Saturday, December 27, 2008

Sweeping The Nation Albums Of 2008: Number 4

Apart from it being due and just reward for some fundamentally decent people, the great thing about Elbow's Mercury Prize victory was that they didn't go all out for it. Oh, of course The Seldom Seen Kid had its TV montage colonising One Day Like This, but buried within its mini-bombast, essentially a carefully ironed out remake of Grace Under Pressure, is a very unbombastic culminating statement, that "one day like this a year will see me right". No world peace, no unrequited love, no more but no less. As for the rest of it, it was basically the rest of Elbow's career output but more so, possibly railroaded by having to shift down in label size. Round about Leaders Of The Free World there were many glib assertions that Elbow were just a post-Coldplay band, one who didn't open up the distortion pedals and rock out and were, gasp, often medium-paced. Bollocks. Even if the victory lap tour for this album takes them to Wembley next March, these are far more fragile, personal and touching paens to hope and happiness then the vague all-encompassing sweep of a Coldplay lyric could ever encapsulate. They will, essentially, never be U2, nor do they want to be. Sonically detailed, lyrically astute and with Guy Garvey rediscovering his passionate, richly and romantically poetic mojo, it was here that Elbow finally moved from writers' and musicians' band of choice to a contender.

Elbow know better than almost all their contemporaries the benefit of the little things. Rather than hurl itself directly at the listener, it wormed its way into your life before spreading out from within. The very start, Starlings, finds Garvey conflictedly in love, "asking you to back a horse that's good for glue and nothing else" but finding he can't compete, desperately suggesting she "find a man that needs you more than I". "Darling, is this love?" he eventually gives in and asks. The whole backing to this is hypnotic electronic burbling punctuated by a huge explosion of a sustained brass note. There's no chorus. It never takes off in the traditional anthemic song sense. That's the point, you fancy. What remains striking is that, more than fifty years into rock and roll, Garvey is still coming up with brand new ways to say he loves someone. "You are the only thing in any room you're ever in" offers Starlings. "I plant a kiss that wouldn't wake a baby" starts Mirrorball, before Garvey and beau "kissed like we invented it" amid shimmeringly delicate piano and acoustic guitar patterns and a widescreen ballroom scope. An Audience With The Pope reveals "I'm saving the world at 8/But if she says she needs me... Everybody's gonna have to wait." Not that that's all he writes about. There's Grounds For Divorce's blues stomp loosely about alcoholism, while The Fix drags in Richard Hawley for a Morricone referencing Northern gravel-off wherein two raffish hucksters discuss the killing they're about to make on a fixed horse race. There's also an element creeping in of how, on their fourth album, they have come to terms with now being elder statesmen in an indie world where the very definition of indie has shifted away from them, not in a woe-is-us sense but in trying to make sense of where this music thing has taken their lives. "Are we having the time of our lives?" Garvey asks in faltering falsetto at the outset of Weather To Fly before wondering whether they are, documenting not only whether the band have taken the right road thus far but also how it affects us and what we think of them and their music, wrapped up in the most featherlight of affecting melodies and a midpoint colliery brass section. Possibly connected, The Loneliness Of A Tower Crane Driver is a brooding metaphor for ambition losing touch with ground level, and when his towering voice breaks on the first "send up a prayer in my name" the emotions follow it. As it often does throughout. You don't need to know that the album is, like the award, inspired by and dedicated to Bryan Glancy, a singer-songwriter and much admired local scene figure who died two years ago, but it helps explain the certain sensitivity displayed throughout - Grounds For Divorce's opening and closing "some day we'll be drinking with the seldom seen kid" and most obviously Friend Of Ours. In just twelve words, "never very good at goodbyes/So gentle shoulder charge/Love you mate" sums up the confusion of declaring emotions between big men out of shape and is absolutely heartwrenching. He's gone and done it again.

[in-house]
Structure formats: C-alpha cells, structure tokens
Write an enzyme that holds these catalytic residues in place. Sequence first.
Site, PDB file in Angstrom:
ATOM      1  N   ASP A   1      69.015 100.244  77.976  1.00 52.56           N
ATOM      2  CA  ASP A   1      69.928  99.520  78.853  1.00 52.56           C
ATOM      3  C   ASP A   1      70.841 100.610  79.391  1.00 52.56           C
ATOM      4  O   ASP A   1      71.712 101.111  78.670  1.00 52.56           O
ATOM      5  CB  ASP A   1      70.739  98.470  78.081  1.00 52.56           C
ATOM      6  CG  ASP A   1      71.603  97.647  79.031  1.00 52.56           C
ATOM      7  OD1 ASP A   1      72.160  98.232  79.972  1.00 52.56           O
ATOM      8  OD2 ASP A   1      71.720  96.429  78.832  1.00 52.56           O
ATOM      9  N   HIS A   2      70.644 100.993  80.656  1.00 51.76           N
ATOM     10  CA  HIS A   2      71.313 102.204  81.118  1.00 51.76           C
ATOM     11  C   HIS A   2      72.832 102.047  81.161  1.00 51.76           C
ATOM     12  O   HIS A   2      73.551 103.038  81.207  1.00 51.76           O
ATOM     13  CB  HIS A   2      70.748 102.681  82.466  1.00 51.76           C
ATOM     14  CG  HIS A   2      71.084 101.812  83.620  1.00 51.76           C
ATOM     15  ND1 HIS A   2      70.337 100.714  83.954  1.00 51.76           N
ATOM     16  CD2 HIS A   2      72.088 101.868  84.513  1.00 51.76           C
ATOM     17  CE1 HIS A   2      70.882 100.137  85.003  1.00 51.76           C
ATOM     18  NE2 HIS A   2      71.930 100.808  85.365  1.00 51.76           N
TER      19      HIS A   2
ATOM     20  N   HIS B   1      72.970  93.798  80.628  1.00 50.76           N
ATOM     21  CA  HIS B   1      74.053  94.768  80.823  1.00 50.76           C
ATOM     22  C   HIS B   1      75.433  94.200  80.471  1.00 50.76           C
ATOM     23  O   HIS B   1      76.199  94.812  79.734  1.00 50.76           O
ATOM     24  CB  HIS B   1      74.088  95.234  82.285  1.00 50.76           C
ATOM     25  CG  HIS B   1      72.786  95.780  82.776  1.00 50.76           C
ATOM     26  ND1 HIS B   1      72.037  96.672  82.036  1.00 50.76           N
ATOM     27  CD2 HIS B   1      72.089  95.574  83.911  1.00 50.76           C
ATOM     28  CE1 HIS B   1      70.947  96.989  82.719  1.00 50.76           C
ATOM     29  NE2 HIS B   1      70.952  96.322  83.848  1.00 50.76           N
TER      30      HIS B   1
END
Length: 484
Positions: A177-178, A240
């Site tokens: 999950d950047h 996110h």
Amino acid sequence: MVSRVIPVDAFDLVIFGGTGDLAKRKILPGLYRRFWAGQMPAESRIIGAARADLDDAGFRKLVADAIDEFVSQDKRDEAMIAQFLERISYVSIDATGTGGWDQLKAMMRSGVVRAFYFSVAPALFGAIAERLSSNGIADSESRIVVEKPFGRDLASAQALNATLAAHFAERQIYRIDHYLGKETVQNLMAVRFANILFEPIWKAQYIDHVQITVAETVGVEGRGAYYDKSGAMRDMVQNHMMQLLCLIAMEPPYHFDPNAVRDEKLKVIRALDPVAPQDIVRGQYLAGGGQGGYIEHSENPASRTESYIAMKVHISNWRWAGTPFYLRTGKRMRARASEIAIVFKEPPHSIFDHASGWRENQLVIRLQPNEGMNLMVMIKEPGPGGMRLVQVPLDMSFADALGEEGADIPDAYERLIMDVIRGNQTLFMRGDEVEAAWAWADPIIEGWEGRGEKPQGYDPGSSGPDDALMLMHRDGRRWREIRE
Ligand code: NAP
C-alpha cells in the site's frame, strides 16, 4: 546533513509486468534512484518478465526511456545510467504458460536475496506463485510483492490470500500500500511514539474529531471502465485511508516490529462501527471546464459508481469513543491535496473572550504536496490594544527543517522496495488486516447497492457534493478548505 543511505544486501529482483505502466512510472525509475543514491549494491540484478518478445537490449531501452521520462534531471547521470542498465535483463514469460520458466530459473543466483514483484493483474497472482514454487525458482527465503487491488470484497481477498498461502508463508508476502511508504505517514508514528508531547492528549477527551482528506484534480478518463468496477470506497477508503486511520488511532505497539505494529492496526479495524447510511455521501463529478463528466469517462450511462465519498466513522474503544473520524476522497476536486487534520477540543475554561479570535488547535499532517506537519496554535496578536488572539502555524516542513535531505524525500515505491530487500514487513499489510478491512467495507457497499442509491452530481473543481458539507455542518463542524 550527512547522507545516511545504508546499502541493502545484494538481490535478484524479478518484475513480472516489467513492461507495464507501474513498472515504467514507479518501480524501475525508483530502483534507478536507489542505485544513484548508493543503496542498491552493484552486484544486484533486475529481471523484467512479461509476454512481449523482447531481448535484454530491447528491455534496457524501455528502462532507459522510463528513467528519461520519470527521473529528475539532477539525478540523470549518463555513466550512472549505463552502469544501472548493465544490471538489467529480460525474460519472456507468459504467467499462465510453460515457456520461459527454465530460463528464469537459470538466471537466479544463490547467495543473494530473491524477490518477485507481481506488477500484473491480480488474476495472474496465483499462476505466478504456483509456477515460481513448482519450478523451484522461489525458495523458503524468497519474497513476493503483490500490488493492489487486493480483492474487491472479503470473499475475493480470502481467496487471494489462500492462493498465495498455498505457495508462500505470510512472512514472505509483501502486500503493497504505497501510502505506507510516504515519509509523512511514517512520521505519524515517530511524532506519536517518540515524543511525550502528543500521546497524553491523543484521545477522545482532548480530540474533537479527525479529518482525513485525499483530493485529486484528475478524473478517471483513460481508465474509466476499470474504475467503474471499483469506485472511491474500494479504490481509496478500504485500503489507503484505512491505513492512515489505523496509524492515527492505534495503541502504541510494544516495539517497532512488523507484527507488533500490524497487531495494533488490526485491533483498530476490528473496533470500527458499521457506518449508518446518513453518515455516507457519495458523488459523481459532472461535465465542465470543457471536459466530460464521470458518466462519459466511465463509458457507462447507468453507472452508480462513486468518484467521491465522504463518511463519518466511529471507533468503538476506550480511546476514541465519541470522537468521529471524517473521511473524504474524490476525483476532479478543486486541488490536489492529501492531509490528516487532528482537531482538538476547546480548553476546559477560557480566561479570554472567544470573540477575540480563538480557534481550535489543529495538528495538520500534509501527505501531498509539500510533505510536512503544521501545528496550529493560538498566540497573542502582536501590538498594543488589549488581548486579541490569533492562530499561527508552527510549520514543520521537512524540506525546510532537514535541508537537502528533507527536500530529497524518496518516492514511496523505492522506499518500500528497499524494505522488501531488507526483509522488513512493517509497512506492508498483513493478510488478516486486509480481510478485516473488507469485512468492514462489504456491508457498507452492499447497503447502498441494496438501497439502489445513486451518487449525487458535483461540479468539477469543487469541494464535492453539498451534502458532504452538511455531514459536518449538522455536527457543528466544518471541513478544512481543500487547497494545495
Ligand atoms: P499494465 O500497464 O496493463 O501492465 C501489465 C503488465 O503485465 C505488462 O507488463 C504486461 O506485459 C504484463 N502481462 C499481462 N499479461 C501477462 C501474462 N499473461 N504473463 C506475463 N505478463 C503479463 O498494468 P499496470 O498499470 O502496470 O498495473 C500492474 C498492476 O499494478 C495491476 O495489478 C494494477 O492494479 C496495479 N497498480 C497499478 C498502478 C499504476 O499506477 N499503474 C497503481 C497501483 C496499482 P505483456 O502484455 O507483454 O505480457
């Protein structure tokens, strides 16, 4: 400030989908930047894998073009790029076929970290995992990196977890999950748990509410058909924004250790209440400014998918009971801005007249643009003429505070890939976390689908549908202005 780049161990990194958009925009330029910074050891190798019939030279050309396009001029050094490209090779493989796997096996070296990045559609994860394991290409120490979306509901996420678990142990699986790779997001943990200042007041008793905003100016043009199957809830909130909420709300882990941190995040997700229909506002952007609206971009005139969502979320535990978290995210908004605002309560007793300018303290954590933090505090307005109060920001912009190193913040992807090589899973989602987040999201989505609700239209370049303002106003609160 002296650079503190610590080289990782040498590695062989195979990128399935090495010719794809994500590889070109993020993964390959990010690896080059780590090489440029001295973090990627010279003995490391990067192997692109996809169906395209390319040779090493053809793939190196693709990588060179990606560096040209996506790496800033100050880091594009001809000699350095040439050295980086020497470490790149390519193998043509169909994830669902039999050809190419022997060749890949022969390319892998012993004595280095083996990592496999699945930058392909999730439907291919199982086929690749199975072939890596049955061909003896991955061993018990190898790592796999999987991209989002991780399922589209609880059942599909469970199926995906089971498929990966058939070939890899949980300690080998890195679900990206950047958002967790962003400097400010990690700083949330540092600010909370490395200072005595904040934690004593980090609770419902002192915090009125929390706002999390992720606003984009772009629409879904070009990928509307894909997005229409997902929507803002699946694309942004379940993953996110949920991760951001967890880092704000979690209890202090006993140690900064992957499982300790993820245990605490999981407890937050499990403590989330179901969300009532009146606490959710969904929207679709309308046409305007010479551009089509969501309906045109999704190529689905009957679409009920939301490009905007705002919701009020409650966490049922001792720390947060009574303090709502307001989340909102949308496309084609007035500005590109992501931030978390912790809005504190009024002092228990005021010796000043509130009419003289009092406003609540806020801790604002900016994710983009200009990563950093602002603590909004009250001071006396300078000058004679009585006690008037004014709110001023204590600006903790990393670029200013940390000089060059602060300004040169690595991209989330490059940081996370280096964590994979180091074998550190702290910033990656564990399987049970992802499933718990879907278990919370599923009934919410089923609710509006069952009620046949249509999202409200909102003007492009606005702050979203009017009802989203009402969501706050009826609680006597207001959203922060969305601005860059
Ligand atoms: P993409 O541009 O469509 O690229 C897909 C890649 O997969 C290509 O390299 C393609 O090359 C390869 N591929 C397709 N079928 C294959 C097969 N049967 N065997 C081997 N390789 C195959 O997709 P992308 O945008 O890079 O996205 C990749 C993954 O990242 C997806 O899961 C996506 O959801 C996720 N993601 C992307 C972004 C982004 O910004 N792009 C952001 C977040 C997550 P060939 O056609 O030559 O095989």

Grounds For Divorce (on Jonathan Ross, as all the proper videos seem to be embedding disabled)

The full list

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